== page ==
In my current position, I serve as the Director of the OHIO Center for Equity in Mathematics and Science (OCEMS) and I am a faculty member in the Department of Teacher Education in the Patton College of Education at Ohio University. As the Director of OCEMS I work extensively in classrooms with teachers and administrators in public schools on mutually beneficial professional development projects and in communities with families in the Appalachian region of Ohio and beyond. Much of this work focuses on child-centered and equitable and just approaches to teaching elementary mathematics. I also work on several large multi-institutional partnerships, including one large NSF funded research project.  

Three Goals AMTE should make a Priority

AMTE can continue to improve to better understand the needs of all AMTE members, with a particular focus on groups that may have been marginalized, such as faculty of Color, practice-track faculty, and school-based mathematics teacher educators. This will allow us to better serve our members and continue to be the most relevant organization for mathematics teacher educators. AMTE is thoughtful about this, but we can continue to improve. This is important because historical and present-day systems of privilege and oppression are always operating and we need to be proactive. A strategic priority might be framed as: Be responsive to our most underserved and marginalized members.

A second important goal AMTE could work towards is becoming the first place mathematics teacher educators turn to look for and to share research- and practice-based MTE tools. For example, I often see MTEs posting on social media looking for a specific resources to use with teachers in professional development settings or with teacher candidates in courses. AMTE could provide support (e.g, some sort of database or networking system) so that math teacher educators would have some place to communicate about, organize, search for, etc. tools  they need or want to share with their colleagues across the country or beyond. The strategic priority might be: Create a shared network of research-based and practice-based tools of innovative work.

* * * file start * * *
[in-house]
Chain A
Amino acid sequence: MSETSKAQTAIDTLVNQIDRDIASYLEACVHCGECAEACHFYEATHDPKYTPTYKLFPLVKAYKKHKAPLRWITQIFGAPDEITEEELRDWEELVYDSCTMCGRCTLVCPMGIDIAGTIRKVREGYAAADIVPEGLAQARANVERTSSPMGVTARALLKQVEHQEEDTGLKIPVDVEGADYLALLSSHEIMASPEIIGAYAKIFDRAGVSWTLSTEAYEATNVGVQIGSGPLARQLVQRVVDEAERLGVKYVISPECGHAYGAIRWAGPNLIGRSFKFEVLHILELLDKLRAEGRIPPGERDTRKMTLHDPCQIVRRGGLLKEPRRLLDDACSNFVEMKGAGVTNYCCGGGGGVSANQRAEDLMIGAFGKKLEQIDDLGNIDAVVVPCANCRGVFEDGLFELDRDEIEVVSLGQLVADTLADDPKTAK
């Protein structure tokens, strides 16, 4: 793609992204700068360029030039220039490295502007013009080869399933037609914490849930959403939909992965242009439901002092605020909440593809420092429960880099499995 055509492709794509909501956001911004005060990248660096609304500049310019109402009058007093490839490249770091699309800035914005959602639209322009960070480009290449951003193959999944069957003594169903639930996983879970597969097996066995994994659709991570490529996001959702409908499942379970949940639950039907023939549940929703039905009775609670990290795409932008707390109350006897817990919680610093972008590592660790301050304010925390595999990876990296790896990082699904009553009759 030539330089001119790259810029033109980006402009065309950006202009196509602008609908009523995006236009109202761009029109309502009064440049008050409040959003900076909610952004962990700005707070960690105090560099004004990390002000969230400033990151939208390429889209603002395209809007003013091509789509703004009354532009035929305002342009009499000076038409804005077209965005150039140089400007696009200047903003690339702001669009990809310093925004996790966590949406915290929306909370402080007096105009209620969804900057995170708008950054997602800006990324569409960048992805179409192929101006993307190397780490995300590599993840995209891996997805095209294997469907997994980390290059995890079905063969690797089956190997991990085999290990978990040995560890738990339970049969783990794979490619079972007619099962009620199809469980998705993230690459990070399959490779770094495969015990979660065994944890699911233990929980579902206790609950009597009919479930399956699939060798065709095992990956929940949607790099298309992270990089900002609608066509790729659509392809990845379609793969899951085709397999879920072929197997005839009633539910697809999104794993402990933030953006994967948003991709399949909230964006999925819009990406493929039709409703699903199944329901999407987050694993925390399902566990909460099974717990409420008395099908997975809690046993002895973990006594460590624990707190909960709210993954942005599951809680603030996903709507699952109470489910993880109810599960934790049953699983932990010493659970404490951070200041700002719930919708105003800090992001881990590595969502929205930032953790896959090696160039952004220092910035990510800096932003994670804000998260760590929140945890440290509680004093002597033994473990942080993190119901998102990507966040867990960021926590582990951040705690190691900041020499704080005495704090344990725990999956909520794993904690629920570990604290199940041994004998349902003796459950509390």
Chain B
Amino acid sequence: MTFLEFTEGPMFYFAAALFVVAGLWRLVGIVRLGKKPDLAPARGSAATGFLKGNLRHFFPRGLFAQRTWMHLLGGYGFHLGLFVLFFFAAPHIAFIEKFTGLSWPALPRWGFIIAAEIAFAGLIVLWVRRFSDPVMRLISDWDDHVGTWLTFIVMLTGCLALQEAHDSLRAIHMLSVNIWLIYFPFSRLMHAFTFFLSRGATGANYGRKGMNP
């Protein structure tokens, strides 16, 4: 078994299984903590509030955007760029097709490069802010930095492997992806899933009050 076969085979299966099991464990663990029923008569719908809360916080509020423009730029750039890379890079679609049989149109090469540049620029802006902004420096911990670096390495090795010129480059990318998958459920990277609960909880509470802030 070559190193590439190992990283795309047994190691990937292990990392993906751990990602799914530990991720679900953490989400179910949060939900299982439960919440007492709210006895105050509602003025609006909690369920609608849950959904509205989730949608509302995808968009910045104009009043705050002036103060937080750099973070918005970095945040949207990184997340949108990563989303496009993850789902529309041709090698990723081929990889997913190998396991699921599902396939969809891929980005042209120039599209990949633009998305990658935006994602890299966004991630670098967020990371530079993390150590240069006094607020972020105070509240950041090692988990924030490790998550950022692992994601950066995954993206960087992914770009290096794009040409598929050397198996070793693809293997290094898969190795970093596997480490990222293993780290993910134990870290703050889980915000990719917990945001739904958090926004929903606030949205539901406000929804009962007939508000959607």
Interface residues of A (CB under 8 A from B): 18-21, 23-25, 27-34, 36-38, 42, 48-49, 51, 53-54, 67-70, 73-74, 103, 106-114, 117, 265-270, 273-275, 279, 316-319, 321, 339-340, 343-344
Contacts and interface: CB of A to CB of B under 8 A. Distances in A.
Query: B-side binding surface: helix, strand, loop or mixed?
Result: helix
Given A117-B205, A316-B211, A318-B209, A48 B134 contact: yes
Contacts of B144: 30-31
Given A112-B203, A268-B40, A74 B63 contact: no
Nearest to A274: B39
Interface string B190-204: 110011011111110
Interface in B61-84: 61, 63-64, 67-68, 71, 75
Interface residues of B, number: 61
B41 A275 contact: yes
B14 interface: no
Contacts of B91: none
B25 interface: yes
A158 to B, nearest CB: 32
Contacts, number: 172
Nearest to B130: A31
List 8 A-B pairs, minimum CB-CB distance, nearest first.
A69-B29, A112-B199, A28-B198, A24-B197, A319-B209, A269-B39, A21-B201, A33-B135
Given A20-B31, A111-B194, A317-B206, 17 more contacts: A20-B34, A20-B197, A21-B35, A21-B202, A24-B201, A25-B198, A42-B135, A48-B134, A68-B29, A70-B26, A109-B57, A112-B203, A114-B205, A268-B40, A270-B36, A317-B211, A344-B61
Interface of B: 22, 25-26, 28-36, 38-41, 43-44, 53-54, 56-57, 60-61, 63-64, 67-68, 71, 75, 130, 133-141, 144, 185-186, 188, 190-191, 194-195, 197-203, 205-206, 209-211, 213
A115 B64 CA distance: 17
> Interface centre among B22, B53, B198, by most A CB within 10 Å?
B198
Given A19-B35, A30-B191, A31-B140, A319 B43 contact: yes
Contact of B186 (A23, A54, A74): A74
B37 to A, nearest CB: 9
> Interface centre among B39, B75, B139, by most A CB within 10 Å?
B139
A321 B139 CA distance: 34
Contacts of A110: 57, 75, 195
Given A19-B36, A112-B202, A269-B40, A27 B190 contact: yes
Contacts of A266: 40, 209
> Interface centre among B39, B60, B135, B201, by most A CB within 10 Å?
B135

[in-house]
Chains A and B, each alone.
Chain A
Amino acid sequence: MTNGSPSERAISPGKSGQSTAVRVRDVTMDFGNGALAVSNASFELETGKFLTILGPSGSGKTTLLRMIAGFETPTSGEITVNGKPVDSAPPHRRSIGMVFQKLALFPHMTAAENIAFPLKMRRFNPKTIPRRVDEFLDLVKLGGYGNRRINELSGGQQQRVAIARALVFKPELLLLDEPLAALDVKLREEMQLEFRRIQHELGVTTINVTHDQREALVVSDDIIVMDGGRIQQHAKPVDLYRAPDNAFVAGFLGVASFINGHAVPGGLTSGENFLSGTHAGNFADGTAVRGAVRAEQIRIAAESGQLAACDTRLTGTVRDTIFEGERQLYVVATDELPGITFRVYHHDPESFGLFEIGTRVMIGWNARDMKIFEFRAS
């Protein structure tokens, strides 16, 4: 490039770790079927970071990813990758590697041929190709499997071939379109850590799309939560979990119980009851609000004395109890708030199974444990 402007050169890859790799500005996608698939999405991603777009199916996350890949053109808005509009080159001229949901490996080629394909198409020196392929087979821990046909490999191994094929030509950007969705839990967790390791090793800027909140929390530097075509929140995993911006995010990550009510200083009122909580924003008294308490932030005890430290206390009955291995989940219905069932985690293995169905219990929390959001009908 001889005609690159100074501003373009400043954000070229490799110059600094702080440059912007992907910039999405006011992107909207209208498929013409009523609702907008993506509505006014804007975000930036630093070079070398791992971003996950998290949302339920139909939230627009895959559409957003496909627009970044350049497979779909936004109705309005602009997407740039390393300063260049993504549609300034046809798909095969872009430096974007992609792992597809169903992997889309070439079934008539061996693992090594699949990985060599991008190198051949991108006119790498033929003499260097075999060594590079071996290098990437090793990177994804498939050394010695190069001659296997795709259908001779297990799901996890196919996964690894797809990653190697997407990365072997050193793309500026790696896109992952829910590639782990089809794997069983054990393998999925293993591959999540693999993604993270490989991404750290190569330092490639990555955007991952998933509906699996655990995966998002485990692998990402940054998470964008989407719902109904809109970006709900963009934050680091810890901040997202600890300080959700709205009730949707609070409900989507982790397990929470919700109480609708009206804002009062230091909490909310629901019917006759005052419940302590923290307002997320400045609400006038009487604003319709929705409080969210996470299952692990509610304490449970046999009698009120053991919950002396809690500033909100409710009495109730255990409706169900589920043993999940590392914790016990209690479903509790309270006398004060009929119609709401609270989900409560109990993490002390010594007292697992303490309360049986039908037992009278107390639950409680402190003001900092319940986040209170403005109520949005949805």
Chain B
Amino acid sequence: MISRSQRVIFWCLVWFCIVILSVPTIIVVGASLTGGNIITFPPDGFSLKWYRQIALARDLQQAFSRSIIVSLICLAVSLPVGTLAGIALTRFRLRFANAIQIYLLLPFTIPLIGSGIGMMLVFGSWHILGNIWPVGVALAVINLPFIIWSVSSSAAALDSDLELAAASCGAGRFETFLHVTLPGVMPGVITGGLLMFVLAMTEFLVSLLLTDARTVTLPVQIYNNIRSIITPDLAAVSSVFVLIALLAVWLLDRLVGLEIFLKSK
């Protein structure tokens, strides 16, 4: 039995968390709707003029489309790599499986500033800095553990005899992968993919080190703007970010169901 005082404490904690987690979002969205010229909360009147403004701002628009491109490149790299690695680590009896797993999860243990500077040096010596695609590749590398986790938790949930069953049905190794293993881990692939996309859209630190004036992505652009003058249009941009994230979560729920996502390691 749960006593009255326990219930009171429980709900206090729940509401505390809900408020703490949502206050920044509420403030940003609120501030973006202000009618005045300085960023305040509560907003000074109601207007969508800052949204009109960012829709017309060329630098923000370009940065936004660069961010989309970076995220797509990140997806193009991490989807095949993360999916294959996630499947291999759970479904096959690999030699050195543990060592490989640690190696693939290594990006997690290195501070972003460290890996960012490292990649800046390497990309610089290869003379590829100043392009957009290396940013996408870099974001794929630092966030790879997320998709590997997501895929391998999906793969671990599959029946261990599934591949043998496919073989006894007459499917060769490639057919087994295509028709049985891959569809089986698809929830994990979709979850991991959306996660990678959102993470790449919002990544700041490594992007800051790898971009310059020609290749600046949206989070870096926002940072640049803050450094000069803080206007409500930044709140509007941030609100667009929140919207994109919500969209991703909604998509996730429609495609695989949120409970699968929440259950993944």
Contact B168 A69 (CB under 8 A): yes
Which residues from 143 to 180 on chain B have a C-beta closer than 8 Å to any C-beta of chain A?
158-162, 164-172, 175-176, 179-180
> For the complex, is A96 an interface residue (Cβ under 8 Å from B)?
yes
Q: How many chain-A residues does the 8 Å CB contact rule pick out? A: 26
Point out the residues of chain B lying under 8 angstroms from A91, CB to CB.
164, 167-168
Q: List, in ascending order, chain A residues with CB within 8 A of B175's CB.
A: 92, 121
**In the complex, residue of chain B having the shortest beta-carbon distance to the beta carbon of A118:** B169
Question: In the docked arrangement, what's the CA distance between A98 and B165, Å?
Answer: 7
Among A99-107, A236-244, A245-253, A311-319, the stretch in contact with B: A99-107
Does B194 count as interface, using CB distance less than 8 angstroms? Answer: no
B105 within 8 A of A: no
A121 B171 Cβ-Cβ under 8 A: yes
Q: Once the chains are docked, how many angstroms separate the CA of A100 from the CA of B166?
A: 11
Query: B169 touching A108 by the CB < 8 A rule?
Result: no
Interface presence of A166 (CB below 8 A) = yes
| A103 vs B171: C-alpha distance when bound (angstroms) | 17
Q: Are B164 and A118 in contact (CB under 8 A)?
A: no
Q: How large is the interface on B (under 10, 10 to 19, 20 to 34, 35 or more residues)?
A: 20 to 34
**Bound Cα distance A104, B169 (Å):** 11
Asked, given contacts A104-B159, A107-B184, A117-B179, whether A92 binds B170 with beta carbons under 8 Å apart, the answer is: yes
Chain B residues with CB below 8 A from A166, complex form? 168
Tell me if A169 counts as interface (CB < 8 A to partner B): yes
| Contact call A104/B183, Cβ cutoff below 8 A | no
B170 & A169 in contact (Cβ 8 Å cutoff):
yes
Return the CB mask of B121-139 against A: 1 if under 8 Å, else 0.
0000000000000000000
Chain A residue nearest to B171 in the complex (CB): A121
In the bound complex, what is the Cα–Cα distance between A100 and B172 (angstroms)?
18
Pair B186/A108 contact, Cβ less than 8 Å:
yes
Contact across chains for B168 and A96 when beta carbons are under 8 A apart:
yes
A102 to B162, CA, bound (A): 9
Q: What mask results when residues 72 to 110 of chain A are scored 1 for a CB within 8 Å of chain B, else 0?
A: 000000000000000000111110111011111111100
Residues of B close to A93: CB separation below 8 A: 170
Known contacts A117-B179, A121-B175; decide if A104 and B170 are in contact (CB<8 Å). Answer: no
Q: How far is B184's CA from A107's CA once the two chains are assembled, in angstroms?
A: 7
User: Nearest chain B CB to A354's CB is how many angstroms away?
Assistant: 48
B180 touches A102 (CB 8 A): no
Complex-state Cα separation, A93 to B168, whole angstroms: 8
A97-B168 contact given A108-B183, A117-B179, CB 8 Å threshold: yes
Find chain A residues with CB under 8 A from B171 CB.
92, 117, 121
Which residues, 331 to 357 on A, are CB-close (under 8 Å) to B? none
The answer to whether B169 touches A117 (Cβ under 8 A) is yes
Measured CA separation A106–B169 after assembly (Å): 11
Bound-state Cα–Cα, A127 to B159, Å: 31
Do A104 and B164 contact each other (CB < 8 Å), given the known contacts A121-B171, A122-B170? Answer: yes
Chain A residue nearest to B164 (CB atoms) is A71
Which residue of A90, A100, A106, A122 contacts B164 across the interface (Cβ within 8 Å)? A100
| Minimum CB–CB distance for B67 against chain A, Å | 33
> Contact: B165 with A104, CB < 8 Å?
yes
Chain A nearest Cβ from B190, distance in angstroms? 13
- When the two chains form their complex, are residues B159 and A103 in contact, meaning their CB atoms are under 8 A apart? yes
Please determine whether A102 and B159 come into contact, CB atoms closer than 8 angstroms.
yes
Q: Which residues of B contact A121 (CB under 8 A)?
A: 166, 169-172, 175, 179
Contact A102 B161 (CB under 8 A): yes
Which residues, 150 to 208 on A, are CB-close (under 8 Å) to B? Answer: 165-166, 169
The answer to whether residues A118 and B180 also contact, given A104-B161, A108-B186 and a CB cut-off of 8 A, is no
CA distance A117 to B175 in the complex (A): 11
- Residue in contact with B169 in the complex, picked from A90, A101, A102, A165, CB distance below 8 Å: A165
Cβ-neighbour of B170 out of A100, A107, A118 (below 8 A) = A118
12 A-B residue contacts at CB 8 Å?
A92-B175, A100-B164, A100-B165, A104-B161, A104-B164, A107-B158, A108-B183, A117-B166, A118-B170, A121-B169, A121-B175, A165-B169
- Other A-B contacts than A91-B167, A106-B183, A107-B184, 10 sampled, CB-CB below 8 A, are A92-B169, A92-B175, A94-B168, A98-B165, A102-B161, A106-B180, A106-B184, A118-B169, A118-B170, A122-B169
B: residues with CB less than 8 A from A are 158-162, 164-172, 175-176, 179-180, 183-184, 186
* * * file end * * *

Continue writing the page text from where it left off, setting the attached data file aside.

Finally, AMTE should continue to build on the 2019 Strategic Priority of identifying and engaging a broader constituency by continuing to make a concerted effort to reach out to school-based mathematics teacher educators. Accomplishing this is a multi-year process that must be sustained over time. This effort should include district leaders and math coaches, but it should also include classroom teachers who mentor teacher candidates. As AMTE is mostly university-based mathematics teacher educators, we often collaborate with school-based math teacher educators;  however, school-based math teacher educators do not often see themselves as part of the AMTE community. A strategic priority might be framed as: Continue to identify and engage a broader constituency for AMTE.